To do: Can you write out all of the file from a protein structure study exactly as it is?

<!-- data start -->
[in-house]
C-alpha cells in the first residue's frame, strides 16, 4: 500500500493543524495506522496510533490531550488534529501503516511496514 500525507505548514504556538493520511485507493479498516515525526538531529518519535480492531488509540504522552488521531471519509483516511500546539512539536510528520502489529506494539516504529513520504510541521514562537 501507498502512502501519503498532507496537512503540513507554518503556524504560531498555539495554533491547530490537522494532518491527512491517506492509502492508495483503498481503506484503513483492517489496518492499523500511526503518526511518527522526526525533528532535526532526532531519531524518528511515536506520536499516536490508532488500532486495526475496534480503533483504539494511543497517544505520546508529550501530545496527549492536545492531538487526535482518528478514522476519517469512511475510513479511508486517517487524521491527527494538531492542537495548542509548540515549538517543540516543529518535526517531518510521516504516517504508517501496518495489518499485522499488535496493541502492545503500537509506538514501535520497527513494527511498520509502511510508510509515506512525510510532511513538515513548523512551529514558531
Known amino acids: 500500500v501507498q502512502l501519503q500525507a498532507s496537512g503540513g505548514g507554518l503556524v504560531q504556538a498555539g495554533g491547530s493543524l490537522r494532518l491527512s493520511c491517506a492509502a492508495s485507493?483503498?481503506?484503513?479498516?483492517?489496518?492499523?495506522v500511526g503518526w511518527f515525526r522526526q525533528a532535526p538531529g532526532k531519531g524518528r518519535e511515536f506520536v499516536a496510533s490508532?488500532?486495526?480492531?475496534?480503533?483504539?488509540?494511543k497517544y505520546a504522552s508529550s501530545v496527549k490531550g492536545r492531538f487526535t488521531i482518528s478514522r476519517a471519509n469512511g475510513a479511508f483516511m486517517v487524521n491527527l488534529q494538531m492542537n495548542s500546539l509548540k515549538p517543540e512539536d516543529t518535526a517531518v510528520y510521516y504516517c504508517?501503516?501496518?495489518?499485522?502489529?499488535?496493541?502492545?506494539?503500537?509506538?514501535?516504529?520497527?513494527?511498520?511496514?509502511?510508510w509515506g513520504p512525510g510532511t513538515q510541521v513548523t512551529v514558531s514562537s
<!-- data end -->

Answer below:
[in-house]
C-alpha cells in the first residue's frame, strides 16, 4: 500500500493543524495506522496510533490531550488534529501503516511496514 500525507505548514504556538493520511485507493479498516515525526538531529518519535480492531488509540504522552488521531471519509483516511500546539512539536510528520502489529506494539516504529513520504510541521514562537 501507498502512502501519503498532507496537512503540513507554518503556524504560531498555539495554533491547530490537522494532518491527512491517506492509502492508495483503498481503506484503513483492517489496518492499523500511526503518526511518527522526526525533528532535526532526532531519531524518528511515536506520536499516536490508532488500532486495526475496534480503533483504539494511543497517544505520546508529550501530545496527549492536545492531538487526535482518528478514522476519517469512511475510513479511508486517517487524521491527527494538531492542537495548542509548540515549538517543540516543529518535526517531518510521516504516517504508517501496518495489518499485522499488535496493541502492545503500537509506538514501535520497527513494527511498520509502511510508510509515506512525510510532511513538515513548523512551529514558531
Known amino acids: 500500500v501507498q502512502l501519503q500525507a498532507s496537512g503540513g505548514g507554518l503556524v504560531q504556538a498555539g495554533g491547530s493543524l490537522r494532518l491527512s493520511c491517506a492509502a492508495s485507493?483503498?481503506?484503513?479498516?483492517?489496518?492499523?495506522v500511526g503518526w511518527f515525526r522526526q525533528a532535526p538531529g532526532k531519531g524518528r518519535e511515536f506520536v499516536a496510533s490508532?488500532?486495526?480492531?475496534?480503533?483504539?488509540?494511543k497517544y505520546a504522552s508529550s501530545v496527549k490531550g492536545r492531538f487526535t488521531i482518528s478514522r476519517a471519509n469512511g475510513a479511508f483516511m486517517v487524521n491527527l488534529q494538531m492542537n495548542s500546539l509548540k515549538p517543540e512539536d516543529t518535526a517531518v510528520y510521516y504516517c504508517?501503516?501496518?495489518?499485522?502489529?499488535?496493541?502492545?506494539?503500537?509506538?514501535?516504529?520497527?513494527?511498520?511496514?509502511?510508510w509515506g513520504p512525510g510532511t513538515q510541521v513548523t512551529v514558531s514562537s